Everyone has at least one thing they judge. It may be shameful, but it is a reality of being human. There is always at least one person who we look at out of the corner of our eyes and think disparaging thoughts. For me, this person was the wife of my husband’s childhood best friend. While pregnant, this woman made a point of taking every guideline her doctor gave her as a mere suggestion. It was her theory that since she had already had a baby ten years before and he was fine, she apparently had permission to do whatever she wanted because if the first baby turned out without any problems, obviously this one would too.

This was the justification behind her sneaking out of gatherings at her home to smoke nearly a pack of cigarettes a day and go out three times a week for two glasses of red wine. “It’s red wine,” she would say, “Red wine is ok to drink.” I bit back the words, “Alcohol is alcohol. You might as well slam back a shot of tequila,” so many times I lost count. Once the baby was born Melissa refused to breastfeed, but would pump and feed the baby bottles of breast milk.

It always shocked me when I saw her pour out bottles of milk after she had a few drinks. She knew drinking was bad enough for the baby that she didn’t want her to drink milk that may have alcohol in it, but she would drink when the alcohol went directly into its bloodstream? She also only seemed to dump out the milk a few minutes after he drank. I always wondered if this was effective. How long does it take for alcohol to metabolize into breast milk?

It goes without saying that any conscientious mother would want to avoid introducing alcohol into their baby’s system by breastfeeding too soon after drinking. This is why mothers who choose to drink occasionally after delivering their babies often become very wrapped up in the idea of calculating how long it will take after drinking for their milk to be “clean.” It is important for mothers to remember that the metabolism of alcohol into breast milk is similar to alcohol impacting the blood. Heavier mothers will experience lower instances of alcohol in their breast milk than smaller mothers, but when evaluated the alcohol level in the milk will be equal to or higher than the level in the blood.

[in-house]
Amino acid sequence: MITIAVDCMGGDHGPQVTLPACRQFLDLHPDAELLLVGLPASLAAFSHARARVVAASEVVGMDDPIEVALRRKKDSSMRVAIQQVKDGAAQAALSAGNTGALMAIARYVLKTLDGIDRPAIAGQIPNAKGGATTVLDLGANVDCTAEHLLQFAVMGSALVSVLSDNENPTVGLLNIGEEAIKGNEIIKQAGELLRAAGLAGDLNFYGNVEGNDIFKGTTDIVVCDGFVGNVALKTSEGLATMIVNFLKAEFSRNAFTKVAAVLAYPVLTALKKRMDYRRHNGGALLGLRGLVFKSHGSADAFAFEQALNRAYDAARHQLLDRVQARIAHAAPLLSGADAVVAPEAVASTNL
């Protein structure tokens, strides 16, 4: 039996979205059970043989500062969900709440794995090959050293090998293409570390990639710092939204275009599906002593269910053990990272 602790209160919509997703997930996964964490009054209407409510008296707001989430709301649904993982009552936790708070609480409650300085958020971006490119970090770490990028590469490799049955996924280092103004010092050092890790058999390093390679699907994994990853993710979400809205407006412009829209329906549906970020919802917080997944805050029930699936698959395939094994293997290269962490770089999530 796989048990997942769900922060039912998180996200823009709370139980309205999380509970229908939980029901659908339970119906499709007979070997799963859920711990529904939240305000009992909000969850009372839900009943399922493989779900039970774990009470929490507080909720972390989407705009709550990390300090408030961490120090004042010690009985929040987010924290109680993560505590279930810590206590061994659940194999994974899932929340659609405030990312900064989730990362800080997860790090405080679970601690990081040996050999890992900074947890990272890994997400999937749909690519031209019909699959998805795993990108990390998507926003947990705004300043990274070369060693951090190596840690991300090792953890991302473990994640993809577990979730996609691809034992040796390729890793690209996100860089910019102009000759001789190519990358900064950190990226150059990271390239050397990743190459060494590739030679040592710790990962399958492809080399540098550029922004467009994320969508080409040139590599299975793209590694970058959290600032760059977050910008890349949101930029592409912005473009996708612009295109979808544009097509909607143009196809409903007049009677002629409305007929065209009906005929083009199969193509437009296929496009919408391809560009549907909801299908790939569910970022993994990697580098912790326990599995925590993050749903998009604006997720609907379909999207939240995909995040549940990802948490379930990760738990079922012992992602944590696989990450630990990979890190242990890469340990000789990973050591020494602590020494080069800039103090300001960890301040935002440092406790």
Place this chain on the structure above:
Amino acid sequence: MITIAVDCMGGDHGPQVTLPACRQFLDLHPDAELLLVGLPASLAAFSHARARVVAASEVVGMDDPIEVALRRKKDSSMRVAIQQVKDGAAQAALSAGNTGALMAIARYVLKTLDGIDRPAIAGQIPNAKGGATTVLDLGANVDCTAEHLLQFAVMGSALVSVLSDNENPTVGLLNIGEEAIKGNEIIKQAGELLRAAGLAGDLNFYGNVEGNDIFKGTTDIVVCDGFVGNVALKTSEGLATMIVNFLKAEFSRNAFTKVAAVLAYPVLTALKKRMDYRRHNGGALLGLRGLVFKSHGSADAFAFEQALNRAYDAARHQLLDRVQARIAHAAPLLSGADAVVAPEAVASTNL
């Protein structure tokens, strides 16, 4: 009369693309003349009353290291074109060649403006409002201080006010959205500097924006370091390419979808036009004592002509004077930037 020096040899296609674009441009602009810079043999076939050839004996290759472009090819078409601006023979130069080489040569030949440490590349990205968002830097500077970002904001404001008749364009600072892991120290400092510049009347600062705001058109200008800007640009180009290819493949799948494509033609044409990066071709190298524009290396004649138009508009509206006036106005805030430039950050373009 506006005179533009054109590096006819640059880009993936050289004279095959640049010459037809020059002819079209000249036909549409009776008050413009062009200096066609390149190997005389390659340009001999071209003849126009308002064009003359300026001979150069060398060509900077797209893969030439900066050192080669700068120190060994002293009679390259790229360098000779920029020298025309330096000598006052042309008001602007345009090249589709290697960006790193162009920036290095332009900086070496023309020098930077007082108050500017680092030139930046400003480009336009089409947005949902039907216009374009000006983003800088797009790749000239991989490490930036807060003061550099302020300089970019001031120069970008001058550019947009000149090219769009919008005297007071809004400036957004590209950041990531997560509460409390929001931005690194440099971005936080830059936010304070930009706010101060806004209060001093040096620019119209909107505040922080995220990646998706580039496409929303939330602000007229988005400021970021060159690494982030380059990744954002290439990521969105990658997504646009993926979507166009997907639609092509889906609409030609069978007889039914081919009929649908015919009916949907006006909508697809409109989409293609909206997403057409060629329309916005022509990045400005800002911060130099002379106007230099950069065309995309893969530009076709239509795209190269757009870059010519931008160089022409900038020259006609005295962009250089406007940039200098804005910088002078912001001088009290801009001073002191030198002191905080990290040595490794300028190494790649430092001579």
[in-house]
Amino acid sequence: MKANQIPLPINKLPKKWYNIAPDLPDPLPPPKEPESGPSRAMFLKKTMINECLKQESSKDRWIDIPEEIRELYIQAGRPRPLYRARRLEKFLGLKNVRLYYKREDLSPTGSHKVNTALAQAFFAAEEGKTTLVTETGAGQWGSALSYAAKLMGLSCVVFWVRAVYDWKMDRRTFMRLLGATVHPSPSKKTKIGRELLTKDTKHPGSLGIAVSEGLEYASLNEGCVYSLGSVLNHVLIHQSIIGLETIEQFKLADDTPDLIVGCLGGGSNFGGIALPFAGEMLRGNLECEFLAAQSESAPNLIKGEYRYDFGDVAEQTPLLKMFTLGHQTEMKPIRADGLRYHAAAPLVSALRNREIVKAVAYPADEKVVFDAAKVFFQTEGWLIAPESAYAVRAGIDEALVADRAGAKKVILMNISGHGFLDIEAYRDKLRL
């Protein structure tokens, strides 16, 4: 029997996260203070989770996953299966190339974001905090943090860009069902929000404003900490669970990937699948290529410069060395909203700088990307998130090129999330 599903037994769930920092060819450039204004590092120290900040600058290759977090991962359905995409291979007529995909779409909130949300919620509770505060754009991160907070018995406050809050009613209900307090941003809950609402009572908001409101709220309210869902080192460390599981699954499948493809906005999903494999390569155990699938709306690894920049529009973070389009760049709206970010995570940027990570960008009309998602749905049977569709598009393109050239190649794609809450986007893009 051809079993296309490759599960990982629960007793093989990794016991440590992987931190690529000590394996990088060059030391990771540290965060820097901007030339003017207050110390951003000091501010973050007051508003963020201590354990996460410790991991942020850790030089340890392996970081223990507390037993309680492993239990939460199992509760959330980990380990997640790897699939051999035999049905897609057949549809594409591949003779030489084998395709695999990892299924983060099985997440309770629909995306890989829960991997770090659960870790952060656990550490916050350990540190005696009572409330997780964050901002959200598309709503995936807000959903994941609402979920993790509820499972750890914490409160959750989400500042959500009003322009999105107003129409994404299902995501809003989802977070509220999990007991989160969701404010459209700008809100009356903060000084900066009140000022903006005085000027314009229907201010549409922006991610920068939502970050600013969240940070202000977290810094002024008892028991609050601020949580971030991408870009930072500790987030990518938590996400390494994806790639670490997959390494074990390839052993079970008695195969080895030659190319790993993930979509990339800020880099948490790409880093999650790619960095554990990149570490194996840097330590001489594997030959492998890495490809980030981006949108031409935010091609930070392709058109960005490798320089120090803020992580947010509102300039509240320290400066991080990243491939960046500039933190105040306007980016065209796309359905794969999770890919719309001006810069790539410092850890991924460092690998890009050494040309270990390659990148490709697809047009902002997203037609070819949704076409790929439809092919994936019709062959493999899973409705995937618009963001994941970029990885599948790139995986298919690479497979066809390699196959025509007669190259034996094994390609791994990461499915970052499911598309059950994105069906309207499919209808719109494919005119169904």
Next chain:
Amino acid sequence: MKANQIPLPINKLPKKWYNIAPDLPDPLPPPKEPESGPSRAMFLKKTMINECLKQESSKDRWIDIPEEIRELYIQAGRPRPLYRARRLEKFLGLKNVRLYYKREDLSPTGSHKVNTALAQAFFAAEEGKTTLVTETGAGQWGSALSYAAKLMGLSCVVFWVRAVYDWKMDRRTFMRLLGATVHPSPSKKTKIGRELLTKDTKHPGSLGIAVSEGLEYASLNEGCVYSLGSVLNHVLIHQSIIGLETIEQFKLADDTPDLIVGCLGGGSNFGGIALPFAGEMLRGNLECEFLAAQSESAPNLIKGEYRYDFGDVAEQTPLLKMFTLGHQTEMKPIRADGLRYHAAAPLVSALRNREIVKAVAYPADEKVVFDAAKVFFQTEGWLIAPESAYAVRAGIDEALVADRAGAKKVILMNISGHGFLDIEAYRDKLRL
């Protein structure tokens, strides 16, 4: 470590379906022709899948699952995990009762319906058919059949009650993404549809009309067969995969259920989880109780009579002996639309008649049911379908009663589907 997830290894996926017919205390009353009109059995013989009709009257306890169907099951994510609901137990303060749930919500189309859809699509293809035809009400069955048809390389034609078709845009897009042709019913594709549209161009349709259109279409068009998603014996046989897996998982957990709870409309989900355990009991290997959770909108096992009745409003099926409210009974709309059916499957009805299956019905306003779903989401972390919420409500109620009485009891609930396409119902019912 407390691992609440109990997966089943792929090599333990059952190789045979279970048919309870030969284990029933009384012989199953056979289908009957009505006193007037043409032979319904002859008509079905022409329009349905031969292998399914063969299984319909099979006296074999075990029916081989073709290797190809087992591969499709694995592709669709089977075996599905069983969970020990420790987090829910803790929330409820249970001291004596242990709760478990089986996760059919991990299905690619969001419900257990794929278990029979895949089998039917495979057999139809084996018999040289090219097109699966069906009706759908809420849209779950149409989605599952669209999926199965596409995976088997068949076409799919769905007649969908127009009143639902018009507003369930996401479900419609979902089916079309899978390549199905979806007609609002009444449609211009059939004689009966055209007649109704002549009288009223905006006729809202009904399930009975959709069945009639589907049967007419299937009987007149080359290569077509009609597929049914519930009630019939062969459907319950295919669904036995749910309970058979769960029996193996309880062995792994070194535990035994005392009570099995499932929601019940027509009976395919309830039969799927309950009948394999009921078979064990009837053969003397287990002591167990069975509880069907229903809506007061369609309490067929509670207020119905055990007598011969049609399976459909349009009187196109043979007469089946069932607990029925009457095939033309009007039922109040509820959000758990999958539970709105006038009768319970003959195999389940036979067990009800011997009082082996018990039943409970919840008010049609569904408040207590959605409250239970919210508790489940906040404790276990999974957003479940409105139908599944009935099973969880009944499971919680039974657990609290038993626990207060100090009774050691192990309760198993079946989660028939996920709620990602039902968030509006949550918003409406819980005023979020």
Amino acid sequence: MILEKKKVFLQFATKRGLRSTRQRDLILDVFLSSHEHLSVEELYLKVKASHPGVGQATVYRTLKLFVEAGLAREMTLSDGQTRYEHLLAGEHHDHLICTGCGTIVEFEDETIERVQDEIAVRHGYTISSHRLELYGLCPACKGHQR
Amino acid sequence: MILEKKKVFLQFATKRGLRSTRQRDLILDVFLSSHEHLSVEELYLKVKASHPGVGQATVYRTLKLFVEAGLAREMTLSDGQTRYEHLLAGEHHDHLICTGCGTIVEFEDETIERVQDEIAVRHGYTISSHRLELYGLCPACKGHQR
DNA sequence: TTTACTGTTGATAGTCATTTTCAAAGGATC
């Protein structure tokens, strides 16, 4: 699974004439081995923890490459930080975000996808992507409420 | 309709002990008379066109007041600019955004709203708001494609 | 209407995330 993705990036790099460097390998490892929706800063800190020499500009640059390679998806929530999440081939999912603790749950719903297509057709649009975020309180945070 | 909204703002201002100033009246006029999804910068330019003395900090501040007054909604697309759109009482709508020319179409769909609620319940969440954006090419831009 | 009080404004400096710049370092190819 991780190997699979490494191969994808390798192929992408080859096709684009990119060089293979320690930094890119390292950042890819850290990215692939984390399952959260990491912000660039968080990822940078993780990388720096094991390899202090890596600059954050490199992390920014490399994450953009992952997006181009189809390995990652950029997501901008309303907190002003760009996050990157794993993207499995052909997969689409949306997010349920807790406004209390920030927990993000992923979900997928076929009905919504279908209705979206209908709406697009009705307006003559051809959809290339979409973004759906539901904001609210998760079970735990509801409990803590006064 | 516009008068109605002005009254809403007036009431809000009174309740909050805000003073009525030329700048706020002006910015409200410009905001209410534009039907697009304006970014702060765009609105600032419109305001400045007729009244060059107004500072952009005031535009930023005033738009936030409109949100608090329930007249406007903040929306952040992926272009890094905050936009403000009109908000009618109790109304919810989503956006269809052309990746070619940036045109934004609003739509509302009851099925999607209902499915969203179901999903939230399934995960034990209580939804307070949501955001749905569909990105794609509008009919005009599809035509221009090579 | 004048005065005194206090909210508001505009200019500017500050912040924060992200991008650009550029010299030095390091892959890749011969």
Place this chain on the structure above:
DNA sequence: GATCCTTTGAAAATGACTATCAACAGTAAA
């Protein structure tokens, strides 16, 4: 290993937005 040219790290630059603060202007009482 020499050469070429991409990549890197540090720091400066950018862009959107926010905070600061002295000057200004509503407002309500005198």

It has also been demonstrated that alcohol is introduced very quickly into the breast milk. As with caffeine that appears in the breast milk within 15 minutes of consumption, alcohol will show up in the milk within a short time frame of consumption. Unlike alcohol in blood, however, blood in breast milk does not dissipate once it has been introduced into the milk. In order for alcohol to no longer be present in the milk, the milk must be eliminated. This is the reasoning behind the “pump and dump” concept. Mothers will express all milk within their breasts soon after drinking. It is important to note, however, that as long as there is alcohol present in the blood system, there is alcohol present in the milk, so one expression after drinking is not sufficient to eliminate alcohol from the milk.

Mothers who plan to consume alcohol are strongly encouraged to prepare by expressing several feedings’ worth of milk prior to drinking so they can be confident their milk is clean before offering their babies the breast again.

Source: Lawton Margaret E. Alcohol in Breast Milk, Australian and New Zealand Journal of Obstetrics and Gynaecology, Volume 25, Issue 1, pp 71-73, February 1985.